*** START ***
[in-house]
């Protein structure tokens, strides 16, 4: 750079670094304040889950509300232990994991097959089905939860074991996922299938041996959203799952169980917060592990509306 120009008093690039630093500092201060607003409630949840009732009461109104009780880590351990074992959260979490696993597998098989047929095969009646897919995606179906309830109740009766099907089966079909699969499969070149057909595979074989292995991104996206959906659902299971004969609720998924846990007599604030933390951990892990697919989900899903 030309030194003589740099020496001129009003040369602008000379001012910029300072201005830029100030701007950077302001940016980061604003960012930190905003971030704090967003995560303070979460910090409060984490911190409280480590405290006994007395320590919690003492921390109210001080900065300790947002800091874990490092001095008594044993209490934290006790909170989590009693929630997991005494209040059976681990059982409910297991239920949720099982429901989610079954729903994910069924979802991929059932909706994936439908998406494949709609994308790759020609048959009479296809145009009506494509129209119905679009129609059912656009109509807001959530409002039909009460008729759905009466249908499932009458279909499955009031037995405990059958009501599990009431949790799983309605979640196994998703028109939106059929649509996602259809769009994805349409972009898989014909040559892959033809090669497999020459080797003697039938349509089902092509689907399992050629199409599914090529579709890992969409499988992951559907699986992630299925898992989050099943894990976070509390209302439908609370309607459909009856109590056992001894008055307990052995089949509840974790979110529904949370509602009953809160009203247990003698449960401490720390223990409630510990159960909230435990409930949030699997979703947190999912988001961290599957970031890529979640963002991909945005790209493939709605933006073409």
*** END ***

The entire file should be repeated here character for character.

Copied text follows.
[in-house]
């Protein structure tokens, strides 16, 4: 750079670094304040889950509300232990994991097959089905939860074991996922299938041996959203799952169980917060592990509306 120009008093690039630093500092201060607003409630949840009732009461109104009780880590351990074992959260979490696993597998098989047929095969009646897919995606179906309830109740009766099907089966079909699969499969070149057909595979074989292995991104996206959906659902299971004969609720998924846990007599604030933390951990892990697919989900899903 030309030194003589740099020496001129009003040369602008000379001012910029300072201005830029100030701007950077302001940016980061604003960012930190905003971030704090967003995560303070979460910090409060984490911190409280480590405290006994007395320590919690003492921390109210001080900065300790947002800091874990490092001095008594044993209490934290006790909170989590009693929630997991005494209040059976681990059982409910297991239920949720099982429901989610079954729903994910069924979802991929059932909706994936439908998406494949709609994308790759020609048959009479296809145009009506494509129209119905679009129609059912656009109509807001959530409002039909009460008729759905009466249908499932009458279909499955009031037995405990059958009501599990009431949790799983309605979640196994998703028109939106059929649509996602259809769009994805349409972009898989014909040559892959033809090669497999020459080797003697039938349509089902092509689907399992050629199409599914090529579709890992969409499988992951559907699986992630299925898992989050099943894990976070509390209302439908609370309607459909009856109590056992001894008055307990052995089949509840974790979110529904949370509602009953809160009203247990003698449960401490720390223990409630510990159960909230435990409930949030699997979703947190999912988001961290599957970031890529979640963002991909945005790209493939709605933006073409």